Friday, 3 August 2012

Internet for All?

Image courtesy of jannoon028 /
Information and Communication Technologies (ICTs) such as Broadband are becoming a bigger part of peoples’ daily lives.  Use of the internet has increased particularly with the development of innovative communications platforms such as email and instant messaging.  But with the emergence of online social networks such as Twitter and Facebook, internet usage has rocketed and transformed.

With the use of ICTs changing the face of information seeking and communications in day-to-day life, governments have recognised the potential for economic growth and development.  So ICTs like Broadband are viewed as critical tools for daily life. But does everyone have the same access and ability to use these immense resources?  And what is the usage of these technologies in other countries around the world?

Not all government projects across the globe are successful at encouraging adoption and use.  And with an estimated 85% of e-government projects in developing countries being either total failures or considered as partial failures, what are the reasons for this?

Dr Jyoti Choudrie, from the Systems Management Research Unit, presented two papers on uptake of ICT in two developing countries at the recent Special Interest Group on ICT and Global Development meeting held in Barcelona, Spain.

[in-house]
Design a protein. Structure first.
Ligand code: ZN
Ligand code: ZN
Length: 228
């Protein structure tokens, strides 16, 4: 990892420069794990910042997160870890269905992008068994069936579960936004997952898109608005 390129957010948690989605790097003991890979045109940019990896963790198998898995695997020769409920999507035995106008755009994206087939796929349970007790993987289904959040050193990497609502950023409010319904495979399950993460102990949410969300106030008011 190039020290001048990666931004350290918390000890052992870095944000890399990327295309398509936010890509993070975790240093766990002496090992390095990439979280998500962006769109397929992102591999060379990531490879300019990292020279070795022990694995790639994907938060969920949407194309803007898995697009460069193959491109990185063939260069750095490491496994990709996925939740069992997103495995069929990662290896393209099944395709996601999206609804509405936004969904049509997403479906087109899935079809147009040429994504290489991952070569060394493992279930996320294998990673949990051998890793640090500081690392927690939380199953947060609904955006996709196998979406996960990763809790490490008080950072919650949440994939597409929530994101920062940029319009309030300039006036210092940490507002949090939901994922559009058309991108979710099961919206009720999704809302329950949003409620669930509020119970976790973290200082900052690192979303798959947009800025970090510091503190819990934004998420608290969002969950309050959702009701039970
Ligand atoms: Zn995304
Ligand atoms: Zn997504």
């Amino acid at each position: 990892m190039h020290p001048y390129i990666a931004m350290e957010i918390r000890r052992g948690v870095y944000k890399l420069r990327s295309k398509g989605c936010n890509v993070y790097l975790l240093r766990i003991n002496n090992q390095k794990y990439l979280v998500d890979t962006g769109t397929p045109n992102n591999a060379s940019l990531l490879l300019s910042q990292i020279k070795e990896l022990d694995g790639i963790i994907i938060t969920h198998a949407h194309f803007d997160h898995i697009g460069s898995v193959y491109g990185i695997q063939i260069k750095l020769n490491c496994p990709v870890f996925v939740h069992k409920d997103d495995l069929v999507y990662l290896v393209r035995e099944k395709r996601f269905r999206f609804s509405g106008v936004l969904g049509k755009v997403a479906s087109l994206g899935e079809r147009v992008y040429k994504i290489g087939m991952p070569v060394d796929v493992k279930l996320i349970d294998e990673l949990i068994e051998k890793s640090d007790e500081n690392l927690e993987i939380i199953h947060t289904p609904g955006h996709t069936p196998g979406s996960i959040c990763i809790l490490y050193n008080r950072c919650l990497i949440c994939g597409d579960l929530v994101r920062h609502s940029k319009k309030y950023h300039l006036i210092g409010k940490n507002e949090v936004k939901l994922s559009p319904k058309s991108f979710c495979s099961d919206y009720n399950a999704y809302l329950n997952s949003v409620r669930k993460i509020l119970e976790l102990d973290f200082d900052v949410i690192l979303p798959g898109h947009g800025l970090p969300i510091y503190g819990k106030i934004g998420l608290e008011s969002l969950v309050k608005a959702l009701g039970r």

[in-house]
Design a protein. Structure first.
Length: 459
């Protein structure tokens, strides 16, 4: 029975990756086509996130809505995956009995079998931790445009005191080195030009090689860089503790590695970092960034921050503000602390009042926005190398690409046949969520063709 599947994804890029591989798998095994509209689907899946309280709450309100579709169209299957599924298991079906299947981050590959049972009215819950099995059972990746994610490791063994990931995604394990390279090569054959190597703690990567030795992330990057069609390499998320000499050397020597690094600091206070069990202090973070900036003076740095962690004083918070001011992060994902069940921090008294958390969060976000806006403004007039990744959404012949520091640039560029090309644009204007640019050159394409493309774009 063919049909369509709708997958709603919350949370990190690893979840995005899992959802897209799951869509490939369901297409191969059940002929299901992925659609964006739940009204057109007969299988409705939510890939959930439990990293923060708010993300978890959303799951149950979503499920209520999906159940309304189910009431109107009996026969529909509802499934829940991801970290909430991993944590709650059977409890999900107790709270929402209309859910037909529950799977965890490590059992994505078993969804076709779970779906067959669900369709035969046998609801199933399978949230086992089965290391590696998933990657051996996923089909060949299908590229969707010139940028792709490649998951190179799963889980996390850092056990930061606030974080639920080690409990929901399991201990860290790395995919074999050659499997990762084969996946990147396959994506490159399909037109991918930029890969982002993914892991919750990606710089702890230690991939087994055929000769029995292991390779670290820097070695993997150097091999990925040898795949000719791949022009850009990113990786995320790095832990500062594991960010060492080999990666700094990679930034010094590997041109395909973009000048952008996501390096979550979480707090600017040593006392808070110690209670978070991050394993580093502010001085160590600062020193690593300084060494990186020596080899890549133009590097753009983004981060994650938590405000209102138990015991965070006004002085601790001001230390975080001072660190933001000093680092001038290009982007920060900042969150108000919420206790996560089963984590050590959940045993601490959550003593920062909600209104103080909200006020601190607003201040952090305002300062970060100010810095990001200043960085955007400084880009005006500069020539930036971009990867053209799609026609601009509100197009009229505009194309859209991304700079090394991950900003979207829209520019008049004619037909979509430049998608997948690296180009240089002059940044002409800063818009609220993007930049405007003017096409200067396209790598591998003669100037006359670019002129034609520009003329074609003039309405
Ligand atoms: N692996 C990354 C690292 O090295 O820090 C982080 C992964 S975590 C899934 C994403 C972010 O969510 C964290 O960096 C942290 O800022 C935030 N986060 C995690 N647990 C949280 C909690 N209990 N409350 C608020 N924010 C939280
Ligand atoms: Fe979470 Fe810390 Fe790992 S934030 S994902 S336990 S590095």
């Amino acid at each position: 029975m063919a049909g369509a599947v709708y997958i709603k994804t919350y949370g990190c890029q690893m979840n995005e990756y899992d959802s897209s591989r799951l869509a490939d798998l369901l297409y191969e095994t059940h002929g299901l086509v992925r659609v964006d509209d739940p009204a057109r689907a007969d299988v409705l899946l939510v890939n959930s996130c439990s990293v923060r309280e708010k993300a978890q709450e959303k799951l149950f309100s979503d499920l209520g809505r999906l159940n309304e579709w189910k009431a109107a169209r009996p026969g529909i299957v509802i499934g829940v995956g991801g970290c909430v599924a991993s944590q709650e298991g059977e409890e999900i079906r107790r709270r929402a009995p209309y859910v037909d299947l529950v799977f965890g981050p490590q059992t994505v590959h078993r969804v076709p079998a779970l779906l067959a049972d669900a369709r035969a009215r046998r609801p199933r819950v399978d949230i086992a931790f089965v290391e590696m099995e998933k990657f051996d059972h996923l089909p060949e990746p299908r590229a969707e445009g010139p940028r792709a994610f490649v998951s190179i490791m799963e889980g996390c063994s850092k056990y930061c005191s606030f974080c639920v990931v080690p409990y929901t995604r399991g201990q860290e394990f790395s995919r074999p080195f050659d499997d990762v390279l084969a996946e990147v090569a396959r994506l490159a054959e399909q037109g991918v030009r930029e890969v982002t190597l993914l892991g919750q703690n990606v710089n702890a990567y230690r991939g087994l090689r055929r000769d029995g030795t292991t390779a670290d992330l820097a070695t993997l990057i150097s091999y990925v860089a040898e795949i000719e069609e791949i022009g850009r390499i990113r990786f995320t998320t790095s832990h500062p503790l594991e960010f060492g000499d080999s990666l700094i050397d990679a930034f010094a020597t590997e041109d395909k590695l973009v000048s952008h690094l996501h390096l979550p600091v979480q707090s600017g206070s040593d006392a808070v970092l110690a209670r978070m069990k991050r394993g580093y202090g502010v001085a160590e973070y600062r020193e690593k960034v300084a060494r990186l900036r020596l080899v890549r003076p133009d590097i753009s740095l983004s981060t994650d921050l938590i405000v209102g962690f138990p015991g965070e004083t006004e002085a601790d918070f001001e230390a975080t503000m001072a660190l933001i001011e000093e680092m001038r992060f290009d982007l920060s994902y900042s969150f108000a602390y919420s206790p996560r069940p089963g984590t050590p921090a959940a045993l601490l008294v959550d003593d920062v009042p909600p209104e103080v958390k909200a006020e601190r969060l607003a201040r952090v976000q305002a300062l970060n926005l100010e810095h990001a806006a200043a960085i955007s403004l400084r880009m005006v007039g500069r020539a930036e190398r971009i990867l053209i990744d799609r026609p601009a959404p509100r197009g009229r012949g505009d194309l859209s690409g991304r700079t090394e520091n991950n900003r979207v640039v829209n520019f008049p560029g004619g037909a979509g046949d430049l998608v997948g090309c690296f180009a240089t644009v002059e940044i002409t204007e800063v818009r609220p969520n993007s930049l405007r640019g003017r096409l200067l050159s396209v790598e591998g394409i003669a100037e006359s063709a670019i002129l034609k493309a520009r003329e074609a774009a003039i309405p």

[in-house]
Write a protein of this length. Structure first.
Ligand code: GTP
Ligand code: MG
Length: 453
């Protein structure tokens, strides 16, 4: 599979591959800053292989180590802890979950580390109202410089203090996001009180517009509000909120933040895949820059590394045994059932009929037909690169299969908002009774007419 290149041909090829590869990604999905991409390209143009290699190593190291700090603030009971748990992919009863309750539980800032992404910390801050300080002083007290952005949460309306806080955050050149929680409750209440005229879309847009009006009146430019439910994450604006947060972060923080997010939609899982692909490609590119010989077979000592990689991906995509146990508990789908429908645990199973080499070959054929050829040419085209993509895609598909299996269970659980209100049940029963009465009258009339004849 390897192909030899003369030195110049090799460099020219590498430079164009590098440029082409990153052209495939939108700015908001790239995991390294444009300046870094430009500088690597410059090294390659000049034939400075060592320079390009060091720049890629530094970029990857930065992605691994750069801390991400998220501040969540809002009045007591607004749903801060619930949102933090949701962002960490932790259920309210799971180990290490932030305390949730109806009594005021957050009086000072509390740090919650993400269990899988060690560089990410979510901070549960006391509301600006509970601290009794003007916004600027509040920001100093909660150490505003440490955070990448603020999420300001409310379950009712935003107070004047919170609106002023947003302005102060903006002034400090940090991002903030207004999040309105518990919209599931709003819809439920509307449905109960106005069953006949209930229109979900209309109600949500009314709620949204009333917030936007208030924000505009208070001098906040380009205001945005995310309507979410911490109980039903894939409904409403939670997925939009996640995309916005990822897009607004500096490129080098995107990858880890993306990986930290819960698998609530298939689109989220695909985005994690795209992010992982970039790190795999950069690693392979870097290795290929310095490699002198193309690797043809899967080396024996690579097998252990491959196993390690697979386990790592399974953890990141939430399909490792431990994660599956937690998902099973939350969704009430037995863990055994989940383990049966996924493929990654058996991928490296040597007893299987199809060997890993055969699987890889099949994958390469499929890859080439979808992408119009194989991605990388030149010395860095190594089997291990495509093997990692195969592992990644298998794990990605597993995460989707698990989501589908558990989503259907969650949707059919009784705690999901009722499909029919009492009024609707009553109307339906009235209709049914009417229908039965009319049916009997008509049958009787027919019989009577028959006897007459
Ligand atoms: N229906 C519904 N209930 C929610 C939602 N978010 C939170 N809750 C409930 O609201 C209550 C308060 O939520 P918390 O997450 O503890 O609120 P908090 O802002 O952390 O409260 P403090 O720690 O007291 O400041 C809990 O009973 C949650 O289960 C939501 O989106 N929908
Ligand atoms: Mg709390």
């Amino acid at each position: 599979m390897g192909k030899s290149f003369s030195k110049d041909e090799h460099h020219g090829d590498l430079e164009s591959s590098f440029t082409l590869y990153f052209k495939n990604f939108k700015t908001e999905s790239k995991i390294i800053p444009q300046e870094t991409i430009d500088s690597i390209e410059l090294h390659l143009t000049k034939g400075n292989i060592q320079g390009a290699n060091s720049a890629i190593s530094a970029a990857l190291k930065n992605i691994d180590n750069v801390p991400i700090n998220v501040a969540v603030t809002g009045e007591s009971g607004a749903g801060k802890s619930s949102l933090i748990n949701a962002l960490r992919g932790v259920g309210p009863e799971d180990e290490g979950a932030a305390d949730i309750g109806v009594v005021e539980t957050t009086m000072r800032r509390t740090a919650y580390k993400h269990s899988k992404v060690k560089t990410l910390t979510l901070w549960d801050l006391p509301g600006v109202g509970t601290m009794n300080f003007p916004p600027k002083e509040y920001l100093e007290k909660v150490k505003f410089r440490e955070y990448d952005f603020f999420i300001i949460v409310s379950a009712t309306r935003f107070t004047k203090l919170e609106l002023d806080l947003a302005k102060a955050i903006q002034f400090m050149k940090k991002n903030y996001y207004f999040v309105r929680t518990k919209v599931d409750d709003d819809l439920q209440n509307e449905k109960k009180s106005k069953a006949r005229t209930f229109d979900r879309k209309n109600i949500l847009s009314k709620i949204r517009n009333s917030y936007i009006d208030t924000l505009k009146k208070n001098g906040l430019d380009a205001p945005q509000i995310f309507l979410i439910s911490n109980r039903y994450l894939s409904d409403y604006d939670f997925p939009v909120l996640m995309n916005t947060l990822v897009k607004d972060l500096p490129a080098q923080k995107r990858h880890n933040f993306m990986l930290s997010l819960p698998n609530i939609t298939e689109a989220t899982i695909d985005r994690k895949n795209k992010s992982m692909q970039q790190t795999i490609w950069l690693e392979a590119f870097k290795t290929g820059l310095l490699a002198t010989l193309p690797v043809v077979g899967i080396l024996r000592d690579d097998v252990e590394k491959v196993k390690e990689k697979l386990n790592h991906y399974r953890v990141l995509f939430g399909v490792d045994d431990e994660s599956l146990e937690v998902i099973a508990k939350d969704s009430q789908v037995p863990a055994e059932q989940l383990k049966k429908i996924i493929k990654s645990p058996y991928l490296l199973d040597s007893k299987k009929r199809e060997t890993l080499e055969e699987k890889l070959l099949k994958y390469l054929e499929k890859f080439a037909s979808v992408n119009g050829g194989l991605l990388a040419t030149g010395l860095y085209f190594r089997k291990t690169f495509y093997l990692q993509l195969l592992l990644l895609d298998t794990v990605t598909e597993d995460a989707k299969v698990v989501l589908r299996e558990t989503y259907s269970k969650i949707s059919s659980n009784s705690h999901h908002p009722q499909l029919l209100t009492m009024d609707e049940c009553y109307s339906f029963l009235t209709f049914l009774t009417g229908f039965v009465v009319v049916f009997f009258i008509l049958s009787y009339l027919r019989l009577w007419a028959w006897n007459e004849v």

The first paper, entitled “Culture and Gender’s Influence on E-Government Diffusion in Nigeria: A Qualitative Study”, looked to understand and explain the influence of culture and gender upon e-Government awareness channels in the three largest indigenous societies in Nigeria: Ibo, Yoruba and Hausa.  The findings showed that social interaction (based on culture and gender influences) had a large impact on awareness channels.  So to improve the diffusion of e-Government products and services, social interaction is a necessary element.

In the second paper, entitled “Adoption and use of e-Government Services in Abu Dhabi Police Force: A Qualitative Study”, the research results showed that age, education, position within an organisation and the individual’s job all contribute to either inhibit or encourage the use and adoption of e-services.

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